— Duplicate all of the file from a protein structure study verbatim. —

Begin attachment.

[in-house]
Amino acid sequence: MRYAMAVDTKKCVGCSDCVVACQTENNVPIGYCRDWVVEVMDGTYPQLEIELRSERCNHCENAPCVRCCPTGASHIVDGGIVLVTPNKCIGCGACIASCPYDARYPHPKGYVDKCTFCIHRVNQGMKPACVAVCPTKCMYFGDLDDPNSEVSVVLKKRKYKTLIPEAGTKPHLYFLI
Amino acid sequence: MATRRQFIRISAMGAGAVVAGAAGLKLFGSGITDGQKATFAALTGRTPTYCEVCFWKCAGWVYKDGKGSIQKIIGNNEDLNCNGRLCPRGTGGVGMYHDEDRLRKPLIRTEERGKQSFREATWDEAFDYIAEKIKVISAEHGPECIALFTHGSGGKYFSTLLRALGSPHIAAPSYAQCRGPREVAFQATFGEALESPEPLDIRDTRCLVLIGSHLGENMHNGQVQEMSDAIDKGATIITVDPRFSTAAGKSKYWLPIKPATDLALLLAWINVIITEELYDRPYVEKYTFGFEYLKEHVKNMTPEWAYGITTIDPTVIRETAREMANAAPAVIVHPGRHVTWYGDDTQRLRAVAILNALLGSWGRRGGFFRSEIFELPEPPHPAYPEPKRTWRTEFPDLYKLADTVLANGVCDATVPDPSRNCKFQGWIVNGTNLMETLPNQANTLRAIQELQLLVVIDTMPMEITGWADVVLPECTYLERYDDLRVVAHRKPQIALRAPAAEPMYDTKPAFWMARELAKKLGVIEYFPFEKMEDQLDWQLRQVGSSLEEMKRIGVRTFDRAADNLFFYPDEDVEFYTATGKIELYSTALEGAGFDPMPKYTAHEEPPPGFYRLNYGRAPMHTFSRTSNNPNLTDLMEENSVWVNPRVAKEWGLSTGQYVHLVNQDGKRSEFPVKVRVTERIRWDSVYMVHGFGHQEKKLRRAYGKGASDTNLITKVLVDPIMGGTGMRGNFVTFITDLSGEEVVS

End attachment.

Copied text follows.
[in-house]
Amino acid sequence: MRYAMAVDTKKCVGCSDCVVACQTENNVPIGYCRDWVVEVMDGTYPQLEIELRSERCNHCENAPCVRCCPTGASHIVDGGIVLVTPNKCIGCGACIASCPYDARYPHPKGYVDKCTFCIHRVNQGMKPACVAVCPTKCMYFGDLDDPNSEVSVVLKKRKYKTLIPEAGTKPHLYFLI
Amino acid sequence: MATRRQFIRISAMGAGAVVAGAAGLKLFGSGITDGQKATFAALTGRTPTYCEVCFWKCAGWVYKDGKGSIQKIIGNNEDLNCNGRLCPRGTGGVGMYHDEDRLRKPLIRTEERGKQSFREATWDEAFDYIAEKIKVISAEHGPECIALFTHGSGGKYFSTLLRALGSPHIAAPSYAQCRGPREVAFQATFGEALESPEPLDIRDTRCLVLIGSHLGENMHNGQVQEMSDAIDKGATIITVDPRFSTAAGKSKYWLPIKPATDLALLLAWINVIITEELYDRPYVEKYTFGFEYLKEHVKNMTPEWAYGITTIDPTVIRETAREMANAAPAVIVHPGRHVTWYGDDTQRLRAVAILNALLGSWGRRGGFFRSEIFELPEPPHPAYPEPKRTWRTEFPDLYKLADTVLANGVCDATVPDPSRNCKFQGWIVNGTNLMETLPNQANTLRAIQELQLLVVIDTMPMEITGWADVVLPECTYLERYDDLRVVAHRKPQIALRAPAAEPMYDTKPAFWMARELAKKLGVIEYFPFEKMEDQLDWQLRQVGSSLEEMKRIGVRTFDRAADNLFFYPDEDVEFYTATGKIELYSTALEGAGFDPMPKYTAHEEPPPGFYRLNYGRAPMHTFSRTSNNPNLTDLMEENSVWVNPRVAKEWGLSTGQYVHLVNQDGKRSEFPVKVRVTERIRWDSVYMVHGFGHQEKKLRRAYGKGASDTNLITKVLVDPIMGGTGMRGNFVTFITDLSGEEVVS